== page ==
March 30, 2009
Acing the Interview
With thousands of Americans looking for work these days, knowing how to prepare for a potential job interview is as important as ever.
Let’s say you’ve created an impeccable resume and cover letter and voila, you’ve been invited to an interview for a position of your dreams. But what do you do now, how should you prepare?
Although the preparation for an interview is just as important as the actual interview itself, it’s not always given the same time and care. Your prep work will enable you to present yourself with confidence. It could also mean the difference between landing the position and being rejected.
Here are four pre-interview tips that will help on your big day:
Be particularly diligent in making sure that the virtual you is as professional and polished as the person who walks in for the interview. Increasingly, more employers are beginning to research the online presence of potential candidates, including social networking profiles. This gives them an opportunity to make a judgment or form an opinion before you even walk in the door. It also could shatter an image of what was already presented in an interview for those employers who look you up online after meeting you.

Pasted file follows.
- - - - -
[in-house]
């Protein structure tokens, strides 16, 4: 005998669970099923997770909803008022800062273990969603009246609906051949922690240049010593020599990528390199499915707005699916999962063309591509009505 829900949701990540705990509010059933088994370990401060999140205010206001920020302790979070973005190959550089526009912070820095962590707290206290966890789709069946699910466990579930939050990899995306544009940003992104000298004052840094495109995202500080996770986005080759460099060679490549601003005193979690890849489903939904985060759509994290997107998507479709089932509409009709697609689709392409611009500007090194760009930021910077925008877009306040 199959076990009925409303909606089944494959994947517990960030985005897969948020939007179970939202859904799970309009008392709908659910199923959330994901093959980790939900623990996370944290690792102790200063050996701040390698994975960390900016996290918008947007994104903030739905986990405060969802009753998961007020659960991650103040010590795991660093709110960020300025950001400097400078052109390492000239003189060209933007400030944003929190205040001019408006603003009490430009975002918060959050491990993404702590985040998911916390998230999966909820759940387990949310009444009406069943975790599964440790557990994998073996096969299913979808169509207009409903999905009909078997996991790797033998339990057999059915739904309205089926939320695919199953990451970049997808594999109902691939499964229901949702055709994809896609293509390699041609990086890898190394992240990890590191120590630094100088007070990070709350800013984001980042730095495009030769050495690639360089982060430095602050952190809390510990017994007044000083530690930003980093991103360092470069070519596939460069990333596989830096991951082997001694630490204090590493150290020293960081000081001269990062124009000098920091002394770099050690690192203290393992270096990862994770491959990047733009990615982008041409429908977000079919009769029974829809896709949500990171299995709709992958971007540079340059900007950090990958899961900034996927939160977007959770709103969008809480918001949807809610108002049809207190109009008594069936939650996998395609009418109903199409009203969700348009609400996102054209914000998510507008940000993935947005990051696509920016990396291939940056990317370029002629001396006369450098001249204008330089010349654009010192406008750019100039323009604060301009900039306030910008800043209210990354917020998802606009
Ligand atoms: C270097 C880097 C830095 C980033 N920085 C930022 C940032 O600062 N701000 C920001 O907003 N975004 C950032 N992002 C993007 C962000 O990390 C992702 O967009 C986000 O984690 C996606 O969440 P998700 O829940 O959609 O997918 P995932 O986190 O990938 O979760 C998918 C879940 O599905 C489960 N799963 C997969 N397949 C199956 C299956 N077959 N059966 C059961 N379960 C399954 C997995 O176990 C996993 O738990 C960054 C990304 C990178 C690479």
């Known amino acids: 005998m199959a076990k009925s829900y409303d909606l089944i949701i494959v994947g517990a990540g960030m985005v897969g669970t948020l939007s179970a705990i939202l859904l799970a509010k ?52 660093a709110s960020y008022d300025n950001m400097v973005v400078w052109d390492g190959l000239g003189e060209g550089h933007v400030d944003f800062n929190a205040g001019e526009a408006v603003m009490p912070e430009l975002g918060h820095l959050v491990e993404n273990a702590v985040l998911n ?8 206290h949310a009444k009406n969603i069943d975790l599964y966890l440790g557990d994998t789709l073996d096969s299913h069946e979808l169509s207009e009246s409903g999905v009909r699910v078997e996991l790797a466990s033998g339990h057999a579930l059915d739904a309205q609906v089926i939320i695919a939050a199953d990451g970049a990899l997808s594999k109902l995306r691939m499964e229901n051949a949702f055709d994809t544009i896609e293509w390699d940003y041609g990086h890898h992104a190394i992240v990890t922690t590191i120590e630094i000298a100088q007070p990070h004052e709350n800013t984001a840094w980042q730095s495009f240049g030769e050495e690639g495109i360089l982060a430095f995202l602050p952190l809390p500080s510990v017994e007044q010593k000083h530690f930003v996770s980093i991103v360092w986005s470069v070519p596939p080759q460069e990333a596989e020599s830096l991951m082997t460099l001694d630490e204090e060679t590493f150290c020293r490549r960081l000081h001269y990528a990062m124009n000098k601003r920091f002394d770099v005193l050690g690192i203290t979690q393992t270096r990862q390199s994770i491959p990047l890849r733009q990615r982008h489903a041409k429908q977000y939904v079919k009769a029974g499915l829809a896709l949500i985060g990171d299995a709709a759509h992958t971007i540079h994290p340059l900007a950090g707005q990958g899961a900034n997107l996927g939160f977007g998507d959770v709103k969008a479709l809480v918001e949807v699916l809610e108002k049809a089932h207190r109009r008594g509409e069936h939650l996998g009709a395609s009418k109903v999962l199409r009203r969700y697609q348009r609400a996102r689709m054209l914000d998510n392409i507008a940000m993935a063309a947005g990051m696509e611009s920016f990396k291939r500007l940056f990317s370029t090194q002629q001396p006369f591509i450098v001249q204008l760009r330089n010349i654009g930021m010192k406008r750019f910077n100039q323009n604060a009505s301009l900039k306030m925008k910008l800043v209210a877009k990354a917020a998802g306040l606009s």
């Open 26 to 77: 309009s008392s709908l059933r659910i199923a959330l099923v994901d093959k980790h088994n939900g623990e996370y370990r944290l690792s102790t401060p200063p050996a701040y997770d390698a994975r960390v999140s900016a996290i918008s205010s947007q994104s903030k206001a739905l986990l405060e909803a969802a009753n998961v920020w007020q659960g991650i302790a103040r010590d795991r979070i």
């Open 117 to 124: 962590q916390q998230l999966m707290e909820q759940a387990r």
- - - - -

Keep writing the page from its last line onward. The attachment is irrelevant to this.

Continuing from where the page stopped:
Marlon Cousin, an interview guru and managing partner at the Marquin Group, says, “If it can’t be on the front page of the New York Times, don’t do it.â€
Given that first impressions are very important, what you wear plays a critical role in how you are perceived. You wouldn’t want to ruin an opportunity to make the right impression by wearing the wrong clothing.
First, it’s important to know the dress culture for your industry and the company. A suit is always appropriate and is a sign of respect, but if you are interviewing at a company where employees are casual in their dress, a blazer and slacks for a man may be more appropriate.
A blazer with a skirt, dress or slacks can offer a polished look for a woman. A good rule of thumb is to dress two levels above how you think company employees dress and always lean on the conservative side. If you are unsure, ask a member from the human resources team about what is acceptable to wear.